Realtors® Association of Edmonton a House Divided Over Policy Change
The Realtors® Association of Edmonton, or RAE, is usually so sedate and evenly tempered. But a recent policy change approved by the board has brought out the beast in the group. It sits a house divided, as several dozen members voice their disapproval over the way sales data for local properties is disclosed to the public. The new rules, set to go into effect this December, are believed by some a way to keep realtors and potential clients out of the loop.
Irate brokers noted the new system would prohibit buyers and sellers as well as appraisers and the agents themselves from getting data until a home sale deal is closed. That delays that information sometimes for months after an agreement to purchase has been signed.
At present information is available in real time on the Multiple Listing Service®, or MLS®, for properties that have already been sold without conditions. This allows sellers and their agents to price their homes appropriately and buyers to negotiate deals reasonably and submit bids that are fair. The new rules would only allow those directly involved with the pending deals to have access.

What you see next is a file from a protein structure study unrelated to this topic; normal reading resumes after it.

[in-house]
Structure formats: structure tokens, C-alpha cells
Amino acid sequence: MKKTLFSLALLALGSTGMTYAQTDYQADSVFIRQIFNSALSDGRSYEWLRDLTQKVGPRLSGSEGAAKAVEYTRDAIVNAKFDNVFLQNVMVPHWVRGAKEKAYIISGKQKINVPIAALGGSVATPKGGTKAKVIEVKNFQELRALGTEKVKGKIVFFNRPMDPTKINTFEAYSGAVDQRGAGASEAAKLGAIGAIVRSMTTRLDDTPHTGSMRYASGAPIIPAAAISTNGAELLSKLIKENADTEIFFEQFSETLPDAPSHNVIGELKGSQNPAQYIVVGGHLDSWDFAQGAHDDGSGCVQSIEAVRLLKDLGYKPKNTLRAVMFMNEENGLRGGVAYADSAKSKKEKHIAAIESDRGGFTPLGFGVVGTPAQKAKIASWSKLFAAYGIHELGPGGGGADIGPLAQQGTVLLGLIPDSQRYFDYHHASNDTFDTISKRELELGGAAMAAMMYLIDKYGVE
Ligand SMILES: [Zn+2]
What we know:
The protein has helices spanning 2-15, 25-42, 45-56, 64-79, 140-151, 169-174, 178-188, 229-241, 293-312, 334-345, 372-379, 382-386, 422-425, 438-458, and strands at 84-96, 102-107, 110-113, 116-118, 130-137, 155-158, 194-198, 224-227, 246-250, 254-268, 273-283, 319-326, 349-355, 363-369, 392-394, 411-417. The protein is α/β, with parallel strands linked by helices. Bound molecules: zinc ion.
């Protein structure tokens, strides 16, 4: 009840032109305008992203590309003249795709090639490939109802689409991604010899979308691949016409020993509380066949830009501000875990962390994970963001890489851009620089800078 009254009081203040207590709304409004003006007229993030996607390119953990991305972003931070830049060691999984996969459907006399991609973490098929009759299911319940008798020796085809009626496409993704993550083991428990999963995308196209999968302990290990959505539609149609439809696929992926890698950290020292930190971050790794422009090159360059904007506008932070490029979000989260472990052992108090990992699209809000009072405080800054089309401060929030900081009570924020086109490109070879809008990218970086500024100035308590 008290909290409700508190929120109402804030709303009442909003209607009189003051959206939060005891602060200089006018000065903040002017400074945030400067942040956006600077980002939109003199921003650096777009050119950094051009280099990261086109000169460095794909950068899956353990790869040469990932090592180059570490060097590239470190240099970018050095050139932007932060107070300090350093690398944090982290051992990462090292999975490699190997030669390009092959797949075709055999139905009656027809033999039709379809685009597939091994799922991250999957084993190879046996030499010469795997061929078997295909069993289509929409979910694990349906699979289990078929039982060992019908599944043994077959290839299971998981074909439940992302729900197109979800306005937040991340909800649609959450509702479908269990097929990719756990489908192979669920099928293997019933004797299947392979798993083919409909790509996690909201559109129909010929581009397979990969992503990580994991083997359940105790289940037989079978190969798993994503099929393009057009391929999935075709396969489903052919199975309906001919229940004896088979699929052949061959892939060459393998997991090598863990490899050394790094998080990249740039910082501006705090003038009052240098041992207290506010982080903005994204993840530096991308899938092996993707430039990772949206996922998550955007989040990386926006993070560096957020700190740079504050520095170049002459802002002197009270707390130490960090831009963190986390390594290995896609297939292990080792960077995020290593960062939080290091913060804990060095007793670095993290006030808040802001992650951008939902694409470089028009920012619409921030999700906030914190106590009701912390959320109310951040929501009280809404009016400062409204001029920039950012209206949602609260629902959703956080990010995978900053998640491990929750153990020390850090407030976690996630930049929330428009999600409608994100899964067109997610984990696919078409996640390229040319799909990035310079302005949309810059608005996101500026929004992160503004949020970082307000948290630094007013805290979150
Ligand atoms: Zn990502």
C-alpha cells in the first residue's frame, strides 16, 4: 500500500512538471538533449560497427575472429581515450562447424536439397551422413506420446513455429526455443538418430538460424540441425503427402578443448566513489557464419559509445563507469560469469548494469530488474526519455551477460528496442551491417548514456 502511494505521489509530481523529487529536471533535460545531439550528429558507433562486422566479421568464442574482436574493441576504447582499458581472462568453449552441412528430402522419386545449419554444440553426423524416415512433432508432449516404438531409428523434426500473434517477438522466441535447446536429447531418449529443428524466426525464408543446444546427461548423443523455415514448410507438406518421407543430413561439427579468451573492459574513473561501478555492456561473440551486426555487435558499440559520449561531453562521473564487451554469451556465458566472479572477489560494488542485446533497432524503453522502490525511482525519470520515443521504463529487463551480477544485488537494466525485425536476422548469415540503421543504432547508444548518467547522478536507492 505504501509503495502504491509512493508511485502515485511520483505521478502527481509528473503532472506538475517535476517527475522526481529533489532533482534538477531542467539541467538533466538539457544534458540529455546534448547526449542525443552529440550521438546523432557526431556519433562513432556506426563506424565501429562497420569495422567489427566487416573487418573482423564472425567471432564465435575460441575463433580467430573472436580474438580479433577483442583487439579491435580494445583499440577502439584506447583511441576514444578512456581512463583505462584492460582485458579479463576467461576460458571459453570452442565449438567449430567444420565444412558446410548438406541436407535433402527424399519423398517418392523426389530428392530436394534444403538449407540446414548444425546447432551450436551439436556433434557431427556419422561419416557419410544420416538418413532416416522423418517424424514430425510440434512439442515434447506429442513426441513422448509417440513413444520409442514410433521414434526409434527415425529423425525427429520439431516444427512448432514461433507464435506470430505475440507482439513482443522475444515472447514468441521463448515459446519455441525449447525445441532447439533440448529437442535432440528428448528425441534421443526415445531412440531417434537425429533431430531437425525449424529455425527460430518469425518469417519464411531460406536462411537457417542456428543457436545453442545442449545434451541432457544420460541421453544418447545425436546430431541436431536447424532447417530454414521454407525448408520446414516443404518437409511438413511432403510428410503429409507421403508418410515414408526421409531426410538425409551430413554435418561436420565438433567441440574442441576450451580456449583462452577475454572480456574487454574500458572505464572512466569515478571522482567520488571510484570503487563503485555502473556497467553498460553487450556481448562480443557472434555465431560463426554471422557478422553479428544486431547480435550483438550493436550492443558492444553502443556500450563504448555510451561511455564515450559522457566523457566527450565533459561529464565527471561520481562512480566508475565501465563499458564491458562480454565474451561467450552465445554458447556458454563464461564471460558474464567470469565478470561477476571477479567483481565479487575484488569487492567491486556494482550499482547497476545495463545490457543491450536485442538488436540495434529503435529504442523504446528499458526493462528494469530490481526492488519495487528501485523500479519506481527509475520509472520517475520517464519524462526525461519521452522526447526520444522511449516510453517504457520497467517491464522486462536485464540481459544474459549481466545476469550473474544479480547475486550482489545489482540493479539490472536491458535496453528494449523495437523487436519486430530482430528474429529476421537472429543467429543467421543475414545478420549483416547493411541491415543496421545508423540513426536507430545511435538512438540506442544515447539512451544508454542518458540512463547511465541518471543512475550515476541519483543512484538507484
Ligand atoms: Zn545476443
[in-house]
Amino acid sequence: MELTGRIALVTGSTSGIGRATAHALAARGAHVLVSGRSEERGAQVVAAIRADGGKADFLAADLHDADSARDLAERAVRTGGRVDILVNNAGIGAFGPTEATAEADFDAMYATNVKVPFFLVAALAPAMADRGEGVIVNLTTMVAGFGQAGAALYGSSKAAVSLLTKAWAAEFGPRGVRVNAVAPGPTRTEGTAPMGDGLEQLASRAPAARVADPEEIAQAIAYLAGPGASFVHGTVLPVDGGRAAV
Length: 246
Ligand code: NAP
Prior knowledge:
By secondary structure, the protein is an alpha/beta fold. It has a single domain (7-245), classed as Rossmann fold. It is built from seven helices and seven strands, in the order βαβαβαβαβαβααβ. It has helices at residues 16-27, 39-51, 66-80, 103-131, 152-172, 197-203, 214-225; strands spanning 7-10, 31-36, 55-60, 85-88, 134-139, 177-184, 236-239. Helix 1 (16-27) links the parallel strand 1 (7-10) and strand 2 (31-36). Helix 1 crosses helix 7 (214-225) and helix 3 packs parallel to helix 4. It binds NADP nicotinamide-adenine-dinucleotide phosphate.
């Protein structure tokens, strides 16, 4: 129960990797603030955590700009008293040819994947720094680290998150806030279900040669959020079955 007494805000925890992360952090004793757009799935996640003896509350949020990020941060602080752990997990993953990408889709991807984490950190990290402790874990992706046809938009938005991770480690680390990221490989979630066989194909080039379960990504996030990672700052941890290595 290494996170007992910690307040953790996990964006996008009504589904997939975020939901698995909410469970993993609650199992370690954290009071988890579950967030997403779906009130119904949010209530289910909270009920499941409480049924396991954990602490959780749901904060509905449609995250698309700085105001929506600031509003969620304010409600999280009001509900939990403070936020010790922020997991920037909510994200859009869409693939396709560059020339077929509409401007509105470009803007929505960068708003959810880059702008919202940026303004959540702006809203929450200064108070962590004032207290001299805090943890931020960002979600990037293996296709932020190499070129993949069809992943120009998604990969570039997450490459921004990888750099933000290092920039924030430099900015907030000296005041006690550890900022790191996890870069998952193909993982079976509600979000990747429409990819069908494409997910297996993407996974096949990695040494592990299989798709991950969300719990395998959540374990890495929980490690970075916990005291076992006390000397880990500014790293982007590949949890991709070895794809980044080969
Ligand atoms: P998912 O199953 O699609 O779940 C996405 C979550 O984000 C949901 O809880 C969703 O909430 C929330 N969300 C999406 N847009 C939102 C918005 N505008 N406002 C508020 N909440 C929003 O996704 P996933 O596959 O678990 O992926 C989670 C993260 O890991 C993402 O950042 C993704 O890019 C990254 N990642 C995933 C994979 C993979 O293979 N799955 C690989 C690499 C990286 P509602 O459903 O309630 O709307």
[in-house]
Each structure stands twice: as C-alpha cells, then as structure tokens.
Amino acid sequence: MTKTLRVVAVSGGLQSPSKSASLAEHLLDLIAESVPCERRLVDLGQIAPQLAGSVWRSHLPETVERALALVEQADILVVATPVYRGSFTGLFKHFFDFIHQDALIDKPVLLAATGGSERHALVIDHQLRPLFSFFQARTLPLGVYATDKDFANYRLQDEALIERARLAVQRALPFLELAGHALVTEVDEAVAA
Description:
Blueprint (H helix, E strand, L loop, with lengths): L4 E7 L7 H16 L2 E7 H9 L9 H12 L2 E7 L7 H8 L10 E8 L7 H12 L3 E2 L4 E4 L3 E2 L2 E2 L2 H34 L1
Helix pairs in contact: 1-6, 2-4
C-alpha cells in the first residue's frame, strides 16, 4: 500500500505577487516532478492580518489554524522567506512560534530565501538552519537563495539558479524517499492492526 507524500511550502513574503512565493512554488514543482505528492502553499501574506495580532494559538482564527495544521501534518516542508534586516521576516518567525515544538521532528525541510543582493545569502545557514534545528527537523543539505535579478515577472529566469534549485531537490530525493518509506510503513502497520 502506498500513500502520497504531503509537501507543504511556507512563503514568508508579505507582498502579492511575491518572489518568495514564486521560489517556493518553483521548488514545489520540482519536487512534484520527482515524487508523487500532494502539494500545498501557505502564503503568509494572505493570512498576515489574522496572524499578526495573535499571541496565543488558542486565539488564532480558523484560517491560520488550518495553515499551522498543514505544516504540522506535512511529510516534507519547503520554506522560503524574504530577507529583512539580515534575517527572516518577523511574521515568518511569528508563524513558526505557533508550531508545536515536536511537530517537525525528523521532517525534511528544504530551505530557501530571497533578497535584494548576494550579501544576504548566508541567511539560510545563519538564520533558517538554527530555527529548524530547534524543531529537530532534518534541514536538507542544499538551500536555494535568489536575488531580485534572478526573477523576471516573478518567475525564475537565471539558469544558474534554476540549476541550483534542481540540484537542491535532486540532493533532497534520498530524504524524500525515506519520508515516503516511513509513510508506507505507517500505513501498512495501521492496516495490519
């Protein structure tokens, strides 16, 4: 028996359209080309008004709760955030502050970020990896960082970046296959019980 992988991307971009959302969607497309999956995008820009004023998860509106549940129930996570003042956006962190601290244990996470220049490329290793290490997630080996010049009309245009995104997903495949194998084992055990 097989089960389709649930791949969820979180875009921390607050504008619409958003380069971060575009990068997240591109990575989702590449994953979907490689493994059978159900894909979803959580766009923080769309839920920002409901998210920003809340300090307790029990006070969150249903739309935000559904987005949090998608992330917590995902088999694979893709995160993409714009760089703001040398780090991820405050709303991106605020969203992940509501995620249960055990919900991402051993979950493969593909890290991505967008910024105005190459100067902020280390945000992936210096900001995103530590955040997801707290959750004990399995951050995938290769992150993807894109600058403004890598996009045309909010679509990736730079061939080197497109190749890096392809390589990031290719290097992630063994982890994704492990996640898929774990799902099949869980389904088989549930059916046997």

This is the first time a major metropolitan area in Canada has implemented such a plan. Greg Steele, with RAE notes that the policy is meant to take care of liability and address privacy concerns. He noted that realtors could be looking at lawsuits if a deal failed to close after the price point was revealed and that property was put back on the market and had trouble selling.
Critics aren’t buying that argument. Larry Westergaard, past president of RAE is one of the loudest voices in that field. In fact he has already set up a Facebook page called Realtors Protecting Sales Data to give voice to the dissent. Westergaard noted that a seller does not have to offer his home at the same price when offered under a new contract. Each deal between parties, no matter the outcome, is an independent transaction between those parties.
Steele is dismissing much of the critic’s fears, noting they are overblown. He also added that the average time to close an unconditional sale was 34 days. In the meantime, considering that the average price of a sale was 97 percent of the asking price, realtors could just do a bit of math to calculate the sales price.
But the 50 plus professionals who have joined the Facebook page are not convinced, citing the volatility of the market among other factors. Earl Pottage, who has nearly 50 years experience in the real estate world and who has also put in 30 years on the arbitration board at RAE noted the lawsuit argument is baseless.
The new policy is considered a backward step for the real estate industry. Should there be another housing boom as was seen during 2006 and 2007; the policy could prove to be disastrous. Housing prices would change so rapidly that realtors would find themselves more or less guessing about sales prices, which could lead to under pricing a property for as much as $20,000. Not a great way to create consumer confidence. The group is planning on getting the policy reversed at an upcoming general meeting of the RAE this coming September 27th.